Fire ants are spreading into new areas across south-east Queensland according to a Biosecurity Queensland insider who says the war to eradicate the potential killers is all but lost, a claim vehemently denied by the man tasked with stopping the spread.


How unique music playlists are helping save water in the shower

How long do you spend in the shower? A Queensland utility group believe a four-minute song could be the key to keeping showers shorter and in turn save water.


Inner-city Brisbane bikeway opened years after cyclist’s death

The 2.5km Woolloongabba bikeway has been opened, connecting cyclists through the city.


When climate change interferes with ability ‘to listen to the earth’

From graveyards being washed into the sea to salt lakes appearing out of nowhere, remote communities are at the forefront of climate impact – with more to come.


Parliament estimates live blog: Follow debate about state’s key issues [$]

Environment Minister Leeanne Enoch and her senior bureaucrats have been peppered with questions about the handling of Adani’s Carmichael coal mine as Budget Estimate hearings continue this afternoon.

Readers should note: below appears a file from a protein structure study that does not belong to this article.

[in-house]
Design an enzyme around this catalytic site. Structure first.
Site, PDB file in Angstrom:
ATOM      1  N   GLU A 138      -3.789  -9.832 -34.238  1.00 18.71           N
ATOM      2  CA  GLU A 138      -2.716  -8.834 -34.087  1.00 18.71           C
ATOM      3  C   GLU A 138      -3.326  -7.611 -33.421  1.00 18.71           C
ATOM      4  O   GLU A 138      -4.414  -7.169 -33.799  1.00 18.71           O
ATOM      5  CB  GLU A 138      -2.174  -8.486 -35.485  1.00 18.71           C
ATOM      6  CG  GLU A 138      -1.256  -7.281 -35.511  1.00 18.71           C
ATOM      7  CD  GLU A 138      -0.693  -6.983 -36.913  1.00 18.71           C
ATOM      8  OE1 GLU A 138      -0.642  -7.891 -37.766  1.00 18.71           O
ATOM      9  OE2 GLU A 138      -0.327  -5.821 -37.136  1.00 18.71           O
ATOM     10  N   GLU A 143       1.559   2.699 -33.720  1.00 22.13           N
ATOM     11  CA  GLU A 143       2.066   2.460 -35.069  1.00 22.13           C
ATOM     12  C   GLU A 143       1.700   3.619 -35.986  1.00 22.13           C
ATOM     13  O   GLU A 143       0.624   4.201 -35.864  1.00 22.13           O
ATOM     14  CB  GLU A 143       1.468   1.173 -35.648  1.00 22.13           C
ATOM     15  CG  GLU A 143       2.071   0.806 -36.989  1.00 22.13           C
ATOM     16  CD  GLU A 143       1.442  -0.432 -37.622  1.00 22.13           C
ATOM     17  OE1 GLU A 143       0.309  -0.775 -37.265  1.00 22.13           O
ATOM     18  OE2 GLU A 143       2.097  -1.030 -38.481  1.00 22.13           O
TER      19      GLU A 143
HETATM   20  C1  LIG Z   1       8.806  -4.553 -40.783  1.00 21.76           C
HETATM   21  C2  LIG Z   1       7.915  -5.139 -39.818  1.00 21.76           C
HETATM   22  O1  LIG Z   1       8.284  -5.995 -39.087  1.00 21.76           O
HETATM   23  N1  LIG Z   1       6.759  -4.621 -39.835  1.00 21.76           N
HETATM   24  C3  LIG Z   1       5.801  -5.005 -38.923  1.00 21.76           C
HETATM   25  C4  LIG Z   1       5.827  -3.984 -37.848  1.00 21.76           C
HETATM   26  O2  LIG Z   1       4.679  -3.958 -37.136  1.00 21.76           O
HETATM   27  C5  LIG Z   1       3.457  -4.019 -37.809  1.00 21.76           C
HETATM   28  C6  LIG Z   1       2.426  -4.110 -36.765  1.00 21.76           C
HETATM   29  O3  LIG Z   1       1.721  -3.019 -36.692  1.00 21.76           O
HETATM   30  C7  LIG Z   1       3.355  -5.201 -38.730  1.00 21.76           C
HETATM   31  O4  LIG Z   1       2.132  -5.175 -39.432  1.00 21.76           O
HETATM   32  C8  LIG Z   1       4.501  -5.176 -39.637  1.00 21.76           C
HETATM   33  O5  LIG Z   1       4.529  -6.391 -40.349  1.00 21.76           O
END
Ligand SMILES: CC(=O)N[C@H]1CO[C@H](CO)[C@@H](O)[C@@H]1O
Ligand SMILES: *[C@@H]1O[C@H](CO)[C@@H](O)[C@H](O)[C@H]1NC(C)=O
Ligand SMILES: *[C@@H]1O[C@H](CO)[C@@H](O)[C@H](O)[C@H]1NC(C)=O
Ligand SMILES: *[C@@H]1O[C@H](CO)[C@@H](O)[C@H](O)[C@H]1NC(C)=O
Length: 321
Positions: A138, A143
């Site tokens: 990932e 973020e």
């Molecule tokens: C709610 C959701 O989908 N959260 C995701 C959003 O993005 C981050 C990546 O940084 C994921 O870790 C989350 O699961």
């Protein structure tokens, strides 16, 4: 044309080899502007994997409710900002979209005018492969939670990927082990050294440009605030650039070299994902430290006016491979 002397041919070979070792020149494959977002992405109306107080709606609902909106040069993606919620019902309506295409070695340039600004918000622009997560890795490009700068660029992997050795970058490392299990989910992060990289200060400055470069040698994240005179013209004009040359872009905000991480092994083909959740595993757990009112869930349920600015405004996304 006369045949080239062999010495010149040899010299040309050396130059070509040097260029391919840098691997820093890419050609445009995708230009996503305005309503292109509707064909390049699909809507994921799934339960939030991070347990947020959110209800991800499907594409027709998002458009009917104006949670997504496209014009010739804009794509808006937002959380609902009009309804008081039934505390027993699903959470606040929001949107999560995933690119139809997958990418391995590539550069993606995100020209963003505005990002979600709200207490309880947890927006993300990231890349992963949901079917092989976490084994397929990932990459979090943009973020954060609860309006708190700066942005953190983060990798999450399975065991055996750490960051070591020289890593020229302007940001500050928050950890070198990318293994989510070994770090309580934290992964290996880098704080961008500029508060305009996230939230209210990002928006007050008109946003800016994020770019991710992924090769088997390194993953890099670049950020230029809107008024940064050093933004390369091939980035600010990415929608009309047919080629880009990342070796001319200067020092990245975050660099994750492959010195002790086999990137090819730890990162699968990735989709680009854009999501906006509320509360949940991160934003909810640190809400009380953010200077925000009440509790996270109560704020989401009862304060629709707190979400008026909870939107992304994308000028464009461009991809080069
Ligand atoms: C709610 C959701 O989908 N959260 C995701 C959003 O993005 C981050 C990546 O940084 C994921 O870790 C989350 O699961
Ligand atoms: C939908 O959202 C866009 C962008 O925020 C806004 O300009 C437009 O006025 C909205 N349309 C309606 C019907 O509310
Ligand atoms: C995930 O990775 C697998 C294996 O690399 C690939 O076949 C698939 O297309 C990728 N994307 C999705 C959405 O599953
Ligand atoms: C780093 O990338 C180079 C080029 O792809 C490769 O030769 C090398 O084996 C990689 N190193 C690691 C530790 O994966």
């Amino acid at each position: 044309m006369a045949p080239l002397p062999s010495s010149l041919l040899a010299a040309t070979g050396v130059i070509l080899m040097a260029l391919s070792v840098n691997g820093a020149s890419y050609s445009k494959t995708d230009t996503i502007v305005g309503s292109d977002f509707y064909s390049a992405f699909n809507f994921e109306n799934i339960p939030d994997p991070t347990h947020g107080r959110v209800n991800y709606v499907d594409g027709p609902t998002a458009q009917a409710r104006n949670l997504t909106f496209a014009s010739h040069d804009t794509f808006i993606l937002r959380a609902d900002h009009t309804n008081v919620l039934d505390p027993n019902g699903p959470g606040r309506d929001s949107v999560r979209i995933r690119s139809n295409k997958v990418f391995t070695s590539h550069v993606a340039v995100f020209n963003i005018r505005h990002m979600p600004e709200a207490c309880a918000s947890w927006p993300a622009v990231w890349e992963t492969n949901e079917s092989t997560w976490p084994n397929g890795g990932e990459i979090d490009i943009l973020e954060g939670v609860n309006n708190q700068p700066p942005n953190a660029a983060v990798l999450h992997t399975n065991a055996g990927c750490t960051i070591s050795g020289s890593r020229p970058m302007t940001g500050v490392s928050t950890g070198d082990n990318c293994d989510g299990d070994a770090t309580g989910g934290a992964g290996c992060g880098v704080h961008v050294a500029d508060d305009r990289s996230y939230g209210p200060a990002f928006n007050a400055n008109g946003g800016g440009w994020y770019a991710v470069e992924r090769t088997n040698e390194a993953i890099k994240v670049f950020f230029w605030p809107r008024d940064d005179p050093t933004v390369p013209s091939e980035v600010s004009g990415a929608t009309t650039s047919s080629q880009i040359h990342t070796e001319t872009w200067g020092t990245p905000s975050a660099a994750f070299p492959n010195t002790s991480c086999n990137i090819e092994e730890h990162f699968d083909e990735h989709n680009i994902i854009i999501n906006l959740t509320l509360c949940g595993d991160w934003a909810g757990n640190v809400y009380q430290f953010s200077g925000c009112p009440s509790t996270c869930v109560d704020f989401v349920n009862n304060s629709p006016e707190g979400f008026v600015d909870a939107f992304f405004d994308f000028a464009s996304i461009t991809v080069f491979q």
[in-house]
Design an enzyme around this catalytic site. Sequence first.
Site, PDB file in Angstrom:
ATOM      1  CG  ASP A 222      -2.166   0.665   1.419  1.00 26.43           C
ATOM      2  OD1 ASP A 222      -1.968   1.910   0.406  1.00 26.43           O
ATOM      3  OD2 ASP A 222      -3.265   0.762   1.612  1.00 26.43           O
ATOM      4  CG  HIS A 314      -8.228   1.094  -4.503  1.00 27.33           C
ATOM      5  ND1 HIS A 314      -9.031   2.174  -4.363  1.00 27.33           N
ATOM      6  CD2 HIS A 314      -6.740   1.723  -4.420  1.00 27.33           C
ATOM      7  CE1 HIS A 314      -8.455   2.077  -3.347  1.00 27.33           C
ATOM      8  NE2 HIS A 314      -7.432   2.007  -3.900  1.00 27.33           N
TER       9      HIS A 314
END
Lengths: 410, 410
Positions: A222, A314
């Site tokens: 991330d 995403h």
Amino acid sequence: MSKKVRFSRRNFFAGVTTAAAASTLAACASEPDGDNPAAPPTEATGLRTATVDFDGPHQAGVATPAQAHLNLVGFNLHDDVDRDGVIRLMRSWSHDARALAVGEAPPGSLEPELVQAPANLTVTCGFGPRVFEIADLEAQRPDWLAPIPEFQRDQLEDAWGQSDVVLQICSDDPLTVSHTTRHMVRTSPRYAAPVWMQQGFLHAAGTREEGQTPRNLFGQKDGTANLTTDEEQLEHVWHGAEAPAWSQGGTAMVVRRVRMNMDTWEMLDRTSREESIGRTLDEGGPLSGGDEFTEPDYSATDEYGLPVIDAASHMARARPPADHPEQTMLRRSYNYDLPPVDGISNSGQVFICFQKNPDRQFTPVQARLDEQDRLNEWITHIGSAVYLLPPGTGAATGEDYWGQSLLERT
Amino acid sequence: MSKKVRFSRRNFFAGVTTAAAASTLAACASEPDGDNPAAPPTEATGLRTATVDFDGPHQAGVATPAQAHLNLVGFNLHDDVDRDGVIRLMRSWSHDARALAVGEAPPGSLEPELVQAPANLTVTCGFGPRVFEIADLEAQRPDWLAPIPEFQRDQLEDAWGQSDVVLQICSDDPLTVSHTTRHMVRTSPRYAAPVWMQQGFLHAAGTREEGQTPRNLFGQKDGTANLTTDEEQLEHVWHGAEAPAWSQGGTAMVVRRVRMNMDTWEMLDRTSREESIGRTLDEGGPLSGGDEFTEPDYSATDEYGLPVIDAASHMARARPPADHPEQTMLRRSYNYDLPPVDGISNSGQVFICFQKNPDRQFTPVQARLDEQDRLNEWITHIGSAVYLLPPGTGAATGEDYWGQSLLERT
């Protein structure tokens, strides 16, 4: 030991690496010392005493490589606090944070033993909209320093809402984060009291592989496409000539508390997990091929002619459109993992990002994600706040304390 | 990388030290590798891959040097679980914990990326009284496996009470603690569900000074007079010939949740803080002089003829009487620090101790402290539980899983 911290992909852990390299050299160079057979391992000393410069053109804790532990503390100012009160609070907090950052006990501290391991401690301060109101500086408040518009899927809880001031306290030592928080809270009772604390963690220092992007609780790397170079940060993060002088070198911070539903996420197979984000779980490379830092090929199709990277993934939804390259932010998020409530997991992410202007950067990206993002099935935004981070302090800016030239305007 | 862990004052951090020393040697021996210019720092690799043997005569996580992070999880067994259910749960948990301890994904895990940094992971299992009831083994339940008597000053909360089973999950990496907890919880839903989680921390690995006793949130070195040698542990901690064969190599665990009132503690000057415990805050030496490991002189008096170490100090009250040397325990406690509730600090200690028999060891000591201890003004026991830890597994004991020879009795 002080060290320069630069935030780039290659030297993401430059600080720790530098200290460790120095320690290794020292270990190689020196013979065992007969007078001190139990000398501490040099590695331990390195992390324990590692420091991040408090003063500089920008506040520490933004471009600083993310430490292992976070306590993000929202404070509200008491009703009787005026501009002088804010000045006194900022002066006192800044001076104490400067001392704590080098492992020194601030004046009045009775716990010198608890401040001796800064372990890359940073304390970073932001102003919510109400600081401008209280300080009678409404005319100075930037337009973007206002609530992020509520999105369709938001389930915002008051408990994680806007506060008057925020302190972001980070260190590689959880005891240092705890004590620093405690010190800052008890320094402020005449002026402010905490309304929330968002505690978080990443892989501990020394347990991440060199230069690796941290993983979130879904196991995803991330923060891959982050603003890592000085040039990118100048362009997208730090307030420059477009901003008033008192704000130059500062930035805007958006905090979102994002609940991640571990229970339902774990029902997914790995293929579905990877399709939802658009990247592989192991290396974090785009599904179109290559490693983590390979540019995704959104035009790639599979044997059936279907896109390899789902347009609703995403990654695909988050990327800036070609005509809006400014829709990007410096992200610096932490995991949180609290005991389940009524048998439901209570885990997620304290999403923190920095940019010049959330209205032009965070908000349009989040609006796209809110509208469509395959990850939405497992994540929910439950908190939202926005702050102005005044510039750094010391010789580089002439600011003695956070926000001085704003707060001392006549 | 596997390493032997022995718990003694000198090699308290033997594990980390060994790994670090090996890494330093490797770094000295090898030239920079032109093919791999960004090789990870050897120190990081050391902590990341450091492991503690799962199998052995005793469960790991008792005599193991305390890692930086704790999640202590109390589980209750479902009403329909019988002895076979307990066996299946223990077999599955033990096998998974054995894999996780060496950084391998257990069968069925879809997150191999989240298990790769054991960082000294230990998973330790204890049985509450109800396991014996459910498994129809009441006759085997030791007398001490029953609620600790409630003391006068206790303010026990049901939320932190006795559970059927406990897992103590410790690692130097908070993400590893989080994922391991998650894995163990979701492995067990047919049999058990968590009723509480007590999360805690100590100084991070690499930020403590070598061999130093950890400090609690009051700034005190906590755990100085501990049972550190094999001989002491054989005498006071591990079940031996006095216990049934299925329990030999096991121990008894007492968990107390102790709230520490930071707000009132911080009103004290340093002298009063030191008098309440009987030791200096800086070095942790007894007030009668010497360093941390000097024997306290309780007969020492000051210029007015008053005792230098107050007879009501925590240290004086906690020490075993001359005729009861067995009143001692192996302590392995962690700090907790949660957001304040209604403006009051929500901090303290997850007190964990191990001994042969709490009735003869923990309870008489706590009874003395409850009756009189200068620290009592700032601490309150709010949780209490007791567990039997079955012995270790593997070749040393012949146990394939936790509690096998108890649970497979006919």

Finch‘s $27k taxpayer burden [$]

Adani’s black-throated finch plan, ordered by the Palaszczuk government, came at a price.


South Australia

Mining a rich vein for growth [$]

Regional SA is still full of potential copper deposits, says our energy chief – but he’s also got his eye on more renewables and another industry taking off.


Cause of mass corella deaths revealed [$]

More than 50 birds that fell from the sky and died on the grounds of a primary school north of Adelaide were killed by a common agricultural pesticide, the Environment Department has revealed.


$5m abalone fund to tackle thorny issue,[$]

A new fund has been established to battle an 18 million-strong army that has moved in and created underwater deserts devoid of all marine life.


Down and dirty to meet earth’s demands [$]

Our green army is growing, and so are their expectations. Meeting them is today’s challenge, says the chief executive of Landcare Tasmania.


Company reveals wind farm jobs prediction [$]

The company behind a proposed 80-turbine wind farm in the state’s Central Highlands has revealed how much it expects the project to cost and how many jobs it would create.


Epuron to put 300MW Tasmania wind farm plans to community